iOS has a layered architecture. The four layers that make up the iOS Architecture each provide a programming foundation for building applications that run on top of the hardware.
The layers between the Application Layer and the Hardware Layer will improve communication.
A lower-level layer provides all applications' necessary services.
In contrast, graphics and user interface services are provided by an upper-level layer (also known as a high-level layer).
The iPhone OS stack's bottom layer, the Core OS (or Application) Layer, rests directly on top of the device's hardware.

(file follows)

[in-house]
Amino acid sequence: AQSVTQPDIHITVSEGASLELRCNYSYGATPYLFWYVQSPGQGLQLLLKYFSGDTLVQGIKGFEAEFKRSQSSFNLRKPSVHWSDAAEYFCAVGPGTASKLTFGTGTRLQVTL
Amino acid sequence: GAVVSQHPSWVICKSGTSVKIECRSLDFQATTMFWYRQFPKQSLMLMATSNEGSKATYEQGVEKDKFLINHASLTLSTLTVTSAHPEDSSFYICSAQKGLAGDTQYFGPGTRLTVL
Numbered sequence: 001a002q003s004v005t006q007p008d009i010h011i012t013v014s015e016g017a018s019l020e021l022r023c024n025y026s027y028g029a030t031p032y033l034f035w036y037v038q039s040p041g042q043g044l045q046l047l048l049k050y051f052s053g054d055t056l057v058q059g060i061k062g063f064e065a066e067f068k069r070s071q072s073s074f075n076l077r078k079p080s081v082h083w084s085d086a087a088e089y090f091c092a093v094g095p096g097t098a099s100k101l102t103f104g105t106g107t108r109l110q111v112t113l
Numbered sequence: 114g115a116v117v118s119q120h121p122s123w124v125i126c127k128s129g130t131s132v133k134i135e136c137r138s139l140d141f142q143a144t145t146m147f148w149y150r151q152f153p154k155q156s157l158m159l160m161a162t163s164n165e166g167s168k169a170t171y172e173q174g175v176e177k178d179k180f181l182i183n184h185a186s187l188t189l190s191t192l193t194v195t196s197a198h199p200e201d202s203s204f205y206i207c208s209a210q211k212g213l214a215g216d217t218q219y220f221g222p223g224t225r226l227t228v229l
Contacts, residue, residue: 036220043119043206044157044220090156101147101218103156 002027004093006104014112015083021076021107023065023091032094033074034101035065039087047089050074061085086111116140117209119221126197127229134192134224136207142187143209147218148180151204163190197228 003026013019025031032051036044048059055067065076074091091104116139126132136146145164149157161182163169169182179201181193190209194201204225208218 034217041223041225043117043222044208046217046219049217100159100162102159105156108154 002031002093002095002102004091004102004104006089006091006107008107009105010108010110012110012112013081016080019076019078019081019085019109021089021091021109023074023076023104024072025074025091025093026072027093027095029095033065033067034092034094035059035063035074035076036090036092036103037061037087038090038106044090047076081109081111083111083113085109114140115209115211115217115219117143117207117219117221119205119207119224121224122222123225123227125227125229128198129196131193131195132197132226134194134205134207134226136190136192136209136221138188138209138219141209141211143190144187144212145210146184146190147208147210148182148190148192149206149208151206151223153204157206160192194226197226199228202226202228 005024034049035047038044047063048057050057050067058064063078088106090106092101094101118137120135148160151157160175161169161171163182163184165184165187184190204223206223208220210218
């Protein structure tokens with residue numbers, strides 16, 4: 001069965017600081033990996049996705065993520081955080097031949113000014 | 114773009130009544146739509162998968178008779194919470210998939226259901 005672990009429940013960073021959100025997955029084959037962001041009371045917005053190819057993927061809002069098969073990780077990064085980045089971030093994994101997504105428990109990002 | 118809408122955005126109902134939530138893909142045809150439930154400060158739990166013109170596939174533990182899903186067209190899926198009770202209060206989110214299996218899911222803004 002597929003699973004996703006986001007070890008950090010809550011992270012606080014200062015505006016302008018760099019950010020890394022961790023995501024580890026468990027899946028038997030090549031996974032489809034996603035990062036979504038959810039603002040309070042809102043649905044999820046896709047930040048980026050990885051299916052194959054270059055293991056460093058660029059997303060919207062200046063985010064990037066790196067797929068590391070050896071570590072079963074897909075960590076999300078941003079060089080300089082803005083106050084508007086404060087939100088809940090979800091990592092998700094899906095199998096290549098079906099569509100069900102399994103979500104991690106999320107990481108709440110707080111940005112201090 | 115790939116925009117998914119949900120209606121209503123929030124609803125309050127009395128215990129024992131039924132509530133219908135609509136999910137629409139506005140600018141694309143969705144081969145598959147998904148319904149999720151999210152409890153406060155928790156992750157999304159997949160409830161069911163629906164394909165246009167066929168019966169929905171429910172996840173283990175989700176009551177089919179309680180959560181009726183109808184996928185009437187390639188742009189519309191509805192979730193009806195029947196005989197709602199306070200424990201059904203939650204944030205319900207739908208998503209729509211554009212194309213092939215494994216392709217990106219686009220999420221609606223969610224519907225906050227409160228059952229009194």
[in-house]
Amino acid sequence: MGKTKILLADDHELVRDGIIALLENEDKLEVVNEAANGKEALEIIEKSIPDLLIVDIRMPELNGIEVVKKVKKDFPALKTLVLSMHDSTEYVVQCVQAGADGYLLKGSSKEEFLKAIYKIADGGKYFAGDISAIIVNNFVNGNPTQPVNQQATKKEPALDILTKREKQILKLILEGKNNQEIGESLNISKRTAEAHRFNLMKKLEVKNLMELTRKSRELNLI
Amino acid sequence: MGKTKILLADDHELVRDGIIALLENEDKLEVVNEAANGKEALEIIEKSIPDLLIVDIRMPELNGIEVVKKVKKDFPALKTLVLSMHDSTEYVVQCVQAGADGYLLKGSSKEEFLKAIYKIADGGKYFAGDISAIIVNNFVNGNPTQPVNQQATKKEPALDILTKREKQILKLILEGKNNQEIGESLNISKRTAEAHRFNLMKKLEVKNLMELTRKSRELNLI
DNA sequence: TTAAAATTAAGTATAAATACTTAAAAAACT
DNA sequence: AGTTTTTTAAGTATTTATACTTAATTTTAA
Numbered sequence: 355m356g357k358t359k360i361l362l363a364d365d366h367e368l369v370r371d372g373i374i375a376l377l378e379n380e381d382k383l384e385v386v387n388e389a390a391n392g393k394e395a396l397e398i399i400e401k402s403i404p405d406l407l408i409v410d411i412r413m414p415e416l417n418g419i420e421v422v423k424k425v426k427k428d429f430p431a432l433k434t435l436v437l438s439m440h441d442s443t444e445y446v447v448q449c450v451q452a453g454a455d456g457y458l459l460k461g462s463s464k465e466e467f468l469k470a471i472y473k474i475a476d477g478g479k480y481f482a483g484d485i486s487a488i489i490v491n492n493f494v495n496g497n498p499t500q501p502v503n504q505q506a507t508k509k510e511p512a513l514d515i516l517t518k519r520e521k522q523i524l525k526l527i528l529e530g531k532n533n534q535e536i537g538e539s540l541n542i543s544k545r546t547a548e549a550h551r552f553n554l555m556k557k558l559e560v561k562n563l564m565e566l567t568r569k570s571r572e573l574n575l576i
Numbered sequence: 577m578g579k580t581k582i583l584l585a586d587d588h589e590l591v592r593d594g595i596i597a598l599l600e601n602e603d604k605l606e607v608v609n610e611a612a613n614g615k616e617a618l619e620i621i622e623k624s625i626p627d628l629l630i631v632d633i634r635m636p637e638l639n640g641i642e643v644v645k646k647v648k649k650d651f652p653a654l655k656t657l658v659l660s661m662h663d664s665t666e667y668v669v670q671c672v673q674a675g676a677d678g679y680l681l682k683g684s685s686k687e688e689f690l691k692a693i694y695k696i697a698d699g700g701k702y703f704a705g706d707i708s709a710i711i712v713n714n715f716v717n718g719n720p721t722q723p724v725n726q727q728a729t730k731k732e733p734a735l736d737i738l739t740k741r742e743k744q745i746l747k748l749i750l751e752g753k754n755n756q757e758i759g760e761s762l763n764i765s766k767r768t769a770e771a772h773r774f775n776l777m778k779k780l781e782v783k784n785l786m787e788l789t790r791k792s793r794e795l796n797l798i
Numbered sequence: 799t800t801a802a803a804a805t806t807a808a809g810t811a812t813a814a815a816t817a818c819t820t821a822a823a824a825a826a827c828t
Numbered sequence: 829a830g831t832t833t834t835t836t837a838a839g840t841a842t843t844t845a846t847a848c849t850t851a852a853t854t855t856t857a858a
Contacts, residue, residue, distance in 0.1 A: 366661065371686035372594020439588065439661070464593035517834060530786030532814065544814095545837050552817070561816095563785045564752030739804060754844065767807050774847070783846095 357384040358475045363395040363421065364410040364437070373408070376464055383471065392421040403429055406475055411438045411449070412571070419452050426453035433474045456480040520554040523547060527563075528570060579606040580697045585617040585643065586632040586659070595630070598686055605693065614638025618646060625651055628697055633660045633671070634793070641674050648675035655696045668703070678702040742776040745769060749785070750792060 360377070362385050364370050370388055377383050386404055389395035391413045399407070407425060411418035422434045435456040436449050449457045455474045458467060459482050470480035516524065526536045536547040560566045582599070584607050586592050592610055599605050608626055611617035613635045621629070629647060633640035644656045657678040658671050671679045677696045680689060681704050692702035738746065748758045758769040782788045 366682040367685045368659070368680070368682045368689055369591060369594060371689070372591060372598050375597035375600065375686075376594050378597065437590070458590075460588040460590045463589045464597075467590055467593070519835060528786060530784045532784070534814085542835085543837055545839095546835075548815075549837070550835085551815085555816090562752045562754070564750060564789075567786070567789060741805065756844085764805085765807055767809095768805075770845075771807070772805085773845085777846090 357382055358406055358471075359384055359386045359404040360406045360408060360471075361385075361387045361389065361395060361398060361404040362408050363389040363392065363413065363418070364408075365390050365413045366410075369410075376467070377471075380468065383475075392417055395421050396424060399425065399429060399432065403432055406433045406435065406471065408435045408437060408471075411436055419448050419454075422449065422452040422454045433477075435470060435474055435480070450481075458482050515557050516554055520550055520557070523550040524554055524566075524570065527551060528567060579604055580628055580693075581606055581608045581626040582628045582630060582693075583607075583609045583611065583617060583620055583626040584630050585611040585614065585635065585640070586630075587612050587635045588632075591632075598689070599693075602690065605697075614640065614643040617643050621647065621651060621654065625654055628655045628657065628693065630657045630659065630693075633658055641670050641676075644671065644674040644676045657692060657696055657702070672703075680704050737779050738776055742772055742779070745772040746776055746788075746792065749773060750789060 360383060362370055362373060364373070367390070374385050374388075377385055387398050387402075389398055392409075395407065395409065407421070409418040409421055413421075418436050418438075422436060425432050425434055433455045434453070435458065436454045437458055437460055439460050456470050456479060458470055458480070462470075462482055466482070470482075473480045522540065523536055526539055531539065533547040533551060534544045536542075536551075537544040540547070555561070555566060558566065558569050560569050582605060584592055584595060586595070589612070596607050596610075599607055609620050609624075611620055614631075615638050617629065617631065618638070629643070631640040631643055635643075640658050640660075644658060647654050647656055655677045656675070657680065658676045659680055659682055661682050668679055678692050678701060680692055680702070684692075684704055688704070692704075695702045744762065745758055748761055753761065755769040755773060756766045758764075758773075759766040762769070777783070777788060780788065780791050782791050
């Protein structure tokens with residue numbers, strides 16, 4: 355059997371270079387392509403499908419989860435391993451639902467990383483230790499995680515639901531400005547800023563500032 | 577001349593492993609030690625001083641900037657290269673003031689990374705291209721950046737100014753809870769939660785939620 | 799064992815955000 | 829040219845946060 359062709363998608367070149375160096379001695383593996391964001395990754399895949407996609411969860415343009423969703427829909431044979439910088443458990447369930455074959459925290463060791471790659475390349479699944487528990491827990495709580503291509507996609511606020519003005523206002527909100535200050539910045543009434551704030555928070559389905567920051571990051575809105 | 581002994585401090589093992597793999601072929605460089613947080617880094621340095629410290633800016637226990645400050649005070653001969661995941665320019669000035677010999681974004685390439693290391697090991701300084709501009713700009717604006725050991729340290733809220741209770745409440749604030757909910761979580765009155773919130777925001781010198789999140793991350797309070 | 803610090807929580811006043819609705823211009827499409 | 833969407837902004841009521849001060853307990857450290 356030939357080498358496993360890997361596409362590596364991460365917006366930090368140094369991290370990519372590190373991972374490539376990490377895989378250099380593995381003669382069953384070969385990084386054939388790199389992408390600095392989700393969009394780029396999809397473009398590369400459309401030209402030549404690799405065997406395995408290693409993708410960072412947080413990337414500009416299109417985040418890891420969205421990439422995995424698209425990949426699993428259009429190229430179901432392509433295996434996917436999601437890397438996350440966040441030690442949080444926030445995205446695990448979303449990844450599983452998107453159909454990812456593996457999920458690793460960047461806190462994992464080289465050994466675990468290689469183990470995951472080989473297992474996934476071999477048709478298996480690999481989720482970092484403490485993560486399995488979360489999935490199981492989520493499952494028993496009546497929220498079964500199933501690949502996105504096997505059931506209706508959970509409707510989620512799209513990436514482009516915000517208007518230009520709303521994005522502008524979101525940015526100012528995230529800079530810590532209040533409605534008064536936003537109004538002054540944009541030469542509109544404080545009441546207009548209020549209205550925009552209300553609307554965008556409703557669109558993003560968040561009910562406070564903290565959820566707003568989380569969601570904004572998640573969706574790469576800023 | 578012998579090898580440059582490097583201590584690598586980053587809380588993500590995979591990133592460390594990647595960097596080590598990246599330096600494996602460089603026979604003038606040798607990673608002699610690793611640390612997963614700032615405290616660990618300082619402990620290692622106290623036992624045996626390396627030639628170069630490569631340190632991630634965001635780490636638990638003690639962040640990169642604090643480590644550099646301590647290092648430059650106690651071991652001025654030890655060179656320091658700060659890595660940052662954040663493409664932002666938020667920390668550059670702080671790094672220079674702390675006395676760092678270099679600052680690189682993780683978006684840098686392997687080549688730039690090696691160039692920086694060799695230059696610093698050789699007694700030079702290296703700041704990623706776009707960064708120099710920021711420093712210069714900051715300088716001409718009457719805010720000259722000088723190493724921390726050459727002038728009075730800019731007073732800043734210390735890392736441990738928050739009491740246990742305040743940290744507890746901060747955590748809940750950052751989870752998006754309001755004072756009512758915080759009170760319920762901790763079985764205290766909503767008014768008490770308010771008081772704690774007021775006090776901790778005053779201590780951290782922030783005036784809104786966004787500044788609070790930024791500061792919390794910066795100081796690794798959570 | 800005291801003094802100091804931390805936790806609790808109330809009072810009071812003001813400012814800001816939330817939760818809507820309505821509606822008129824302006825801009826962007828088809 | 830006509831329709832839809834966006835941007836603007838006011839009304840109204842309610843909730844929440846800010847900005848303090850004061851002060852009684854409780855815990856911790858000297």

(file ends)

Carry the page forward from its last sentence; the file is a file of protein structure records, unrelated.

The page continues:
This layer offers low-level networking, access to external accessories, and other functions in addition to the essential operating system services, including memory management, processing of file systems and threads, and memory management.
The service layer's job is to design the services that users or layers above need. Other essential features include iCloud storage, Grand Central Dispatch, in-app purchases, and block objects. The addition of ARC Automatic Reference Counting has enhanced the service layer.
It manages media types like graphics, audio, and video. Thanks to the media layer, we can utilize the entire system's audio, video, and graphic capabilities.
The application layer is another name for the Cocoa Touch Layer. When applications are built, this is where frameworks are made. Additionally, it serves as the operating system's user interface for iOS users. This includes the ability to touch and move.